Posted by colvegas on December 17, 2005 at 14:00:26:
Scotty and John,
You are correct that you are obviously still liable on the note but in a properly structured land trust the trustee would sent a debt to income letter to your next lender detailing the profiling of the property in the trust since you control it w/o owning it. In most cases you can qualify for 100% debt to income thus qualifyinf for your next loan. Every lender has different requirements but your 10 properties in my view should be in a trust thus asset protecting you and enabling you not to hit that ceiling as a dealer in your investing.
As to the corporate entity get with your attorney or CPA and let them advise you whether it is an LLC, C corp sub-chapter S corp and use that as the beneficiary in the land trust…
Jimmy: Excellent post on your deal I enjoyed the reading.
If you like more info email me at firstname.lastname@example.org.
i have been investing for a few years now and have hit the “10 property limit” that several mortgage brokers have with my property in Texas and Kansas. I can find plenty of good deals. What suggestions do you have for this problem?
The underwriting guidelines are what they are. You can’t go to a lender who conforms to FNMA or FMAC guidelines, and expect them to bend. So go elsewhere when you hit the limit (which changes from time to time, by the way).
A commercial (business) banker is not restricted by these guidelines. So long as your credit worthiness and ability to pay are sound, you can orrow as much as you want.
Any loan you transact in the name and TIN of an entity will be a commercial loan. and you will have to personally guarantee these loans for a few years, until your entity develops a borrowing capacity of its own.
forget about 30 year amortizations in this context. 15 is the norm. I just did one at 6.8%. with minimal closing costs, no title policy or appraials required.
scotty – i have been told the LLC does not help unless it is a separate business entity capable of its own credit separate from my personal credit. All of my properties are in LLC structures. That does not help with the 10 property problem. john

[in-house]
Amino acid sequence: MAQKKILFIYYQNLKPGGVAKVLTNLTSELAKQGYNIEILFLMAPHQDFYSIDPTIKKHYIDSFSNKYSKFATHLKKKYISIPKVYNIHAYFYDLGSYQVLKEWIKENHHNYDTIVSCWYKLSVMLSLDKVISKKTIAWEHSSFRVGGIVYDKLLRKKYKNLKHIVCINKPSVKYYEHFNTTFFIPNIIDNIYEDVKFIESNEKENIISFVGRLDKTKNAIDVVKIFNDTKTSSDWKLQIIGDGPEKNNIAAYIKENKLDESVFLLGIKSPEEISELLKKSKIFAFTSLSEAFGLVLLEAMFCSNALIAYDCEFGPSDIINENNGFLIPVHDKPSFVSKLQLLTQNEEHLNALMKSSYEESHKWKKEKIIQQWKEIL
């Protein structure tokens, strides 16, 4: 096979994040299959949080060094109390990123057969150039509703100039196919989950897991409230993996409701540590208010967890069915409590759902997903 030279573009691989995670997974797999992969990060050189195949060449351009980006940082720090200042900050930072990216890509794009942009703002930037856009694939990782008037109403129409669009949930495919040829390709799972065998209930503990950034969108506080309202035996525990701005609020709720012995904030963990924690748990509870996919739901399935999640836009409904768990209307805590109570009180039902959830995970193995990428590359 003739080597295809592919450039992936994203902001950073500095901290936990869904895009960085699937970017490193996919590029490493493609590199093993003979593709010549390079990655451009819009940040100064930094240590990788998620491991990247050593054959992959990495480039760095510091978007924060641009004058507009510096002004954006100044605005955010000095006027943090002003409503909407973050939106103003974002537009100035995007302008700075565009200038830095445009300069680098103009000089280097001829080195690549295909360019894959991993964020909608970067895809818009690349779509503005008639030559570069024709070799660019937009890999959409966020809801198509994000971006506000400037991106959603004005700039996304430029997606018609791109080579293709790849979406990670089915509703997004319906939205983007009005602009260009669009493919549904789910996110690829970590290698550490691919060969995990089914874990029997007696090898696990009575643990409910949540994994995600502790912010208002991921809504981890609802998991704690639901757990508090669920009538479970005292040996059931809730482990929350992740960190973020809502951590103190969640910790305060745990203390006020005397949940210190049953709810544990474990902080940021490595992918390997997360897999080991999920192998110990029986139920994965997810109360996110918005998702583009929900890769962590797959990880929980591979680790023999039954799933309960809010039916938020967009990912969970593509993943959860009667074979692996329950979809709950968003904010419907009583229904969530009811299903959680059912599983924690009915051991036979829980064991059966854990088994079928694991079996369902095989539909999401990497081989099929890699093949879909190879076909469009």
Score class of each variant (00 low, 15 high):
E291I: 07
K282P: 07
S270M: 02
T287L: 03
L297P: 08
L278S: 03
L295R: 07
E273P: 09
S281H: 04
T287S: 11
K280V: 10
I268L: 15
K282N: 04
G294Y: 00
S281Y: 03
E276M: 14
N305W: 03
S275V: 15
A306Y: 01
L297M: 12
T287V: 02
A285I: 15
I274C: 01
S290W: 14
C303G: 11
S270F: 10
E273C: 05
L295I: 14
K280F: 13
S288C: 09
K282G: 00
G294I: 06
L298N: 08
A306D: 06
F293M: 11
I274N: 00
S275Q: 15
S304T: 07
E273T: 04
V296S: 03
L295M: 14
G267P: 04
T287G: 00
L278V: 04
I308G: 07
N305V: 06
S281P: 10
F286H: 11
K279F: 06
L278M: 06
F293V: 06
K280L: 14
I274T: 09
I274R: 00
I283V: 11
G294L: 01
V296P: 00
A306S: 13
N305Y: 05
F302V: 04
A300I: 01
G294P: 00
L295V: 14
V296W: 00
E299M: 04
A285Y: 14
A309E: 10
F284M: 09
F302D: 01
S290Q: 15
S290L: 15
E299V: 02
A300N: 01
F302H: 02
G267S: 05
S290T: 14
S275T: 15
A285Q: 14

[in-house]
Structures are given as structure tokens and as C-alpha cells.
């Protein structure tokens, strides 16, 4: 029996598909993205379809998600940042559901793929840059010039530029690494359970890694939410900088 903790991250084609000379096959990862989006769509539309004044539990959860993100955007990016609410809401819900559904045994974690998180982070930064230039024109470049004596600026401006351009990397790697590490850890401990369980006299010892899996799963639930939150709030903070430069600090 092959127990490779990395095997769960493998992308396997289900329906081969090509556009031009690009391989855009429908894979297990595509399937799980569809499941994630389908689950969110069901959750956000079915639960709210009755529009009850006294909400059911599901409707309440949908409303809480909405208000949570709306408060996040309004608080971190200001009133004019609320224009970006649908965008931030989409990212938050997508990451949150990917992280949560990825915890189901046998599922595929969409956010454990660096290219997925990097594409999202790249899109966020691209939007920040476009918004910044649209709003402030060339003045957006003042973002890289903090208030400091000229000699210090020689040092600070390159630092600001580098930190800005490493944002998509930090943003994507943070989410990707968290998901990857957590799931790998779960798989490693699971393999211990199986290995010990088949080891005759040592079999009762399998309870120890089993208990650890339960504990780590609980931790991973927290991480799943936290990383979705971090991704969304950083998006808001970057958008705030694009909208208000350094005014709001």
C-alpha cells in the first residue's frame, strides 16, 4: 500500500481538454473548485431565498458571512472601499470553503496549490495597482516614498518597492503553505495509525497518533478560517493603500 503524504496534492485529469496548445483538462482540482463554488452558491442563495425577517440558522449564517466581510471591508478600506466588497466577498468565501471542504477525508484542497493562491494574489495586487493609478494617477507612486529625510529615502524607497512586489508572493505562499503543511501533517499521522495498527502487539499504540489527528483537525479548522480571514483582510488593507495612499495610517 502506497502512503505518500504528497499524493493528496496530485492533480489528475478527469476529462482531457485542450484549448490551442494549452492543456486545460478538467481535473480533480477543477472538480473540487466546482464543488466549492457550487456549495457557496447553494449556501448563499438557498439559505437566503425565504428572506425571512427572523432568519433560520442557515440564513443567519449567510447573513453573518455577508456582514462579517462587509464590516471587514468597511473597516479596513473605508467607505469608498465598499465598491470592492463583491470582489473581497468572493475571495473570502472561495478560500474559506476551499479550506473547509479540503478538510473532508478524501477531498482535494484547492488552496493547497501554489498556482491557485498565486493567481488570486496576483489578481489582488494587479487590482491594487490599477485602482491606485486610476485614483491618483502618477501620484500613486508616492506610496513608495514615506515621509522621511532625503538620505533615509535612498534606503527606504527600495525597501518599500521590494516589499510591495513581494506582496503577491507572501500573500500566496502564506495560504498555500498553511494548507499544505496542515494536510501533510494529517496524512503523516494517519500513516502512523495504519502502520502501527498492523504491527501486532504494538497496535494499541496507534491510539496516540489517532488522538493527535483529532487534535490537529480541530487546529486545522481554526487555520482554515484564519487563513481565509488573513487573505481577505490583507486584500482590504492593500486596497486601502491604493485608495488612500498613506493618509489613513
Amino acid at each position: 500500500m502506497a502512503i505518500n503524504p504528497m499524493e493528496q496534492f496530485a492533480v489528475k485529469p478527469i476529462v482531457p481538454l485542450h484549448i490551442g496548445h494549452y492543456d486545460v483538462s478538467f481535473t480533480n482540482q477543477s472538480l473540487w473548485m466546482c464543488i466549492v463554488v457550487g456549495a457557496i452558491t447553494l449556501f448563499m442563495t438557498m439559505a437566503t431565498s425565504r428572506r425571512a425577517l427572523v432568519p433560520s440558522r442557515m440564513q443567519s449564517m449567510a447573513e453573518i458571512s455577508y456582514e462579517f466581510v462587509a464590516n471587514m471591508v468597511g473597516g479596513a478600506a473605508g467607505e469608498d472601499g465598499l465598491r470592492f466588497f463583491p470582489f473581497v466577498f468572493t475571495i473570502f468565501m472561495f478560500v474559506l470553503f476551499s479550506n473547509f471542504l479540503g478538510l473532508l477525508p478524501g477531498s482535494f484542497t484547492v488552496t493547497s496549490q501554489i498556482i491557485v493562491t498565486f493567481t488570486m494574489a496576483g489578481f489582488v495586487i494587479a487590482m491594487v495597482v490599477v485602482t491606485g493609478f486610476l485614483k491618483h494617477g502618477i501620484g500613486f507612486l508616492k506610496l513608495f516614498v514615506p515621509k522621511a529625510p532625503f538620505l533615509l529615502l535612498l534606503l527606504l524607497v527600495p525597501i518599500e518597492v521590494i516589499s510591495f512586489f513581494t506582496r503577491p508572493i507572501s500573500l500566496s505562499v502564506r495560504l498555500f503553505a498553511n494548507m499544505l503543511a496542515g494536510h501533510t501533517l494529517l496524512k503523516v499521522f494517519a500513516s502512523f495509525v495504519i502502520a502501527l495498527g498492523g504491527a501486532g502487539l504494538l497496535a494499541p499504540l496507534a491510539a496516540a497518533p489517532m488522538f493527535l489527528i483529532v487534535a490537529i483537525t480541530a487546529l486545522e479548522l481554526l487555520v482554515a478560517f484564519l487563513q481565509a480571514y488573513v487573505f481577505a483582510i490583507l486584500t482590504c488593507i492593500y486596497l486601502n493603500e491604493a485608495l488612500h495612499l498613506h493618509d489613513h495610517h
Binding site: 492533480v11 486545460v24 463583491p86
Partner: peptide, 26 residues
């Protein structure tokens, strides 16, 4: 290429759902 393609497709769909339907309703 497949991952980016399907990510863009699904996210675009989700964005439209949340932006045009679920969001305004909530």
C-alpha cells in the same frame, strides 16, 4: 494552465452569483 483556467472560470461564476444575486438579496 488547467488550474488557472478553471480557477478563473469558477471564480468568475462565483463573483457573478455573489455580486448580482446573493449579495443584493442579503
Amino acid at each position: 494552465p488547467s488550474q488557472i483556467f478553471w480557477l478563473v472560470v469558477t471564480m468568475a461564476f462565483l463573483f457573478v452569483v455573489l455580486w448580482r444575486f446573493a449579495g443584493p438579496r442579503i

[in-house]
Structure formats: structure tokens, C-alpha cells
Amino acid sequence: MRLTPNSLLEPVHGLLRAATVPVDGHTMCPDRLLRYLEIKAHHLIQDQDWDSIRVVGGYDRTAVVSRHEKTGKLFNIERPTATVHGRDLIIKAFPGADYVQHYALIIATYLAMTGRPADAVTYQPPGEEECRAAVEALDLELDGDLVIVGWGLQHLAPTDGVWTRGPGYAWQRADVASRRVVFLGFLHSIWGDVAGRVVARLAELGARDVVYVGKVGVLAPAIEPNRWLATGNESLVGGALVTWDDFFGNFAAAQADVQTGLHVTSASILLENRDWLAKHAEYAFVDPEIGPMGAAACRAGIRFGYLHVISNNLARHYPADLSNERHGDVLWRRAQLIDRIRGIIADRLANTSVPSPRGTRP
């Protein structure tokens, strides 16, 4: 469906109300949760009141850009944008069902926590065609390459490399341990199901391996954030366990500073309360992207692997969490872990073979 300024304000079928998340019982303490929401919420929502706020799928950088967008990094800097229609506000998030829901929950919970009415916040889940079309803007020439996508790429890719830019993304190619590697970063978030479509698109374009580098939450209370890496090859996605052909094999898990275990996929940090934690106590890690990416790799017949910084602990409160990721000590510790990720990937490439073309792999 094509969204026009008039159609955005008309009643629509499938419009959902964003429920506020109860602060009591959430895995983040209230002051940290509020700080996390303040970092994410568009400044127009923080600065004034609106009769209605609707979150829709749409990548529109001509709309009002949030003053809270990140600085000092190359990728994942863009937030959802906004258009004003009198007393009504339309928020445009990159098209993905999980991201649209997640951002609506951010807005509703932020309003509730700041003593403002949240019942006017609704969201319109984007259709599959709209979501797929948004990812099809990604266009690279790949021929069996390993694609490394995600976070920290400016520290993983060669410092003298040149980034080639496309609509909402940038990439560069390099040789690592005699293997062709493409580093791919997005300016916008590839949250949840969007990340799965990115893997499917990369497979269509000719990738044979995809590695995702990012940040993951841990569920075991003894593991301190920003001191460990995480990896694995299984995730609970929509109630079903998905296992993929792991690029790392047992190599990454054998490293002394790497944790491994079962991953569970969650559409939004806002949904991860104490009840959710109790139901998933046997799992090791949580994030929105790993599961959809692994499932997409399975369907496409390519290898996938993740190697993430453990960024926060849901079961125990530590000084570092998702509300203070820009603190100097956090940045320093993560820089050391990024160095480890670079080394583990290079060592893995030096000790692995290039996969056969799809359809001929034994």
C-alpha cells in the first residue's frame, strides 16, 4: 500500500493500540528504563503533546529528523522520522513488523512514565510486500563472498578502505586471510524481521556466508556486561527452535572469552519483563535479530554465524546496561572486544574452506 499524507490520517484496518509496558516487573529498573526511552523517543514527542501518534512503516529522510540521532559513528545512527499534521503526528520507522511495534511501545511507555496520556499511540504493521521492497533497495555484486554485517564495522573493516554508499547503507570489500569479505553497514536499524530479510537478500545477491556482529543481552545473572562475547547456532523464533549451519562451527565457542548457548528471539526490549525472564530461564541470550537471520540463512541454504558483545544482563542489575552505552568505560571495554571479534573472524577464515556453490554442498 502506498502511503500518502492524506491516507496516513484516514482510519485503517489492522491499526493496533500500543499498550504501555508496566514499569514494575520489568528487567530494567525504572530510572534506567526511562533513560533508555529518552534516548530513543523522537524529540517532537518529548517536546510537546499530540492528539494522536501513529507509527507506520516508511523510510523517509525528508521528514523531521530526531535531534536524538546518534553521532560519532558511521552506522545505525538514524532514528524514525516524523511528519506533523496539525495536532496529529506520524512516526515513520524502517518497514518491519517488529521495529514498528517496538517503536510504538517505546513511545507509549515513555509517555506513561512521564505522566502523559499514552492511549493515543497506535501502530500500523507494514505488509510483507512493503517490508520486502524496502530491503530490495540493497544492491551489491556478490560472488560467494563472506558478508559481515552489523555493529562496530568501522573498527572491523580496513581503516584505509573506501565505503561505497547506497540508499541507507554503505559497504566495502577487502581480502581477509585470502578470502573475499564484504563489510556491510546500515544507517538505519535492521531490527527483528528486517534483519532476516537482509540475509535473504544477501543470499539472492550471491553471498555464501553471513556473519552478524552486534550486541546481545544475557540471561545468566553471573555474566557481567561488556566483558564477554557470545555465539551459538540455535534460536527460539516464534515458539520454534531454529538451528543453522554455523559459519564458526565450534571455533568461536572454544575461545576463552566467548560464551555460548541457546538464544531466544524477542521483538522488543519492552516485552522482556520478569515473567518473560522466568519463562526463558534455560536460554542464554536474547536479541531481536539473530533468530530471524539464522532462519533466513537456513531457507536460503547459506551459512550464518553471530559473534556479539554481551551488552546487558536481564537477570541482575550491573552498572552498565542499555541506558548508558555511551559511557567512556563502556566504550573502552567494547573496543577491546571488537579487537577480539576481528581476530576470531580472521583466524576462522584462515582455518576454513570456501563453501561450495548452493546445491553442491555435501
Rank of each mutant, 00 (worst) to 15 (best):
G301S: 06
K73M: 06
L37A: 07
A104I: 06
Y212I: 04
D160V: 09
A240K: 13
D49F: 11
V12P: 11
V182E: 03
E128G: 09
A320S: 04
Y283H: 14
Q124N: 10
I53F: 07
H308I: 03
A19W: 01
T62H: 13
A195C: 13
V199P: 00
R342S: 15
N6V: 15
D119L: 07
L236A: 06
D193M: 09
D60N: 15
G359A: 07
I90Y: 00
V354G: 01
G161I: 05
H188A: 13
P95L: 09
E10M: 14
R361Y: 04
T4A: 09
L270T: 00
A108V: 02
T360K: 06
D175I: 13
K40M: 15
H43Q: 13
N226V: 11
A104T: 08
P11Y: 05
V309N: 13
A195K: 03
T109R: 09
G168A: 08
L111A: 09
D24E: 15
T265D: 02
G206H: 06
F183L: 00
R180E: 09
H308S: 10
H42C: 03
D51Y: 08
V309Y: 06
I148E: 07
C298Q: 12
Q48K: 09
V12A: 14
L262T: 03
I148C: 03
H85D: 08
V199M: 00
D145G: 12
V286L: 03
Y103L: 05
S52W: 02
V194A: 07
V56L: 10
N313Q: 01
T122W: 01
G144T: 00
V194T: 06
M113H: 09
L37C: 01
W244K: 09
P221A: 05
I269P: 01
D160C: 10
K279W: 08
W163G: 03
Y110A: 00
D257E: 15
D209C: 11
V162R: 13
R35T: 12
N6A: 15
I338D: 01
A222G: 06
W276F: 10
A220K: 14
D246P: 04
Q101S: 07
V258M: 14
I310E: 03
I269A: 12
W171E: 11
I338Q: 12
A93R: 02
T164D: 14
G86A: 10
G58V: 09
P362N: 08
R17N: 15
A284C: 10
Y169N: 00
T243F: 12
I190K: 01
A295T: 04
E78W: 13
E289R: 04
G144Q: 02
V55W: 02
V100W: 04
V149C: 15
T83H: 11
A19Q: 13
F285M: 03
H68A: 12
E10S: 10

The way to go honestly is a more experienced Mortgage Broker. There are lenders out there that will do deals for those with more than 10 mortgages on credit. But please keep in mind once you hit 10 the amount of lenders accessible drops dramatically. Plus you start to get into the realm of no longer doing 100% investment deals or even 90% investment deals. Banks now want to see 15 to 20% down. So depending on the types of deals you are structuring ? you now have to change the game.
I will answer John Corey’s question, and elaborate on some other terms of a loan I just closed. I think it will help some folks get a handle on the differences between home loans and commercial real estate loans.
[side note: good credit and solid financials are very important to business bankers. fortunately, by the time most RE investors have acquired a small portfolio and are thinking about commercial loans, they have positioned themselves for this type of lending].
no title insurance. each lender will have its own policy on this issue. Hibernia National Bank (my lender) does not require a title policy for loans under 250K. They are satisfied with a title review by an attorney, which costs about half of what a Texas title policy costs.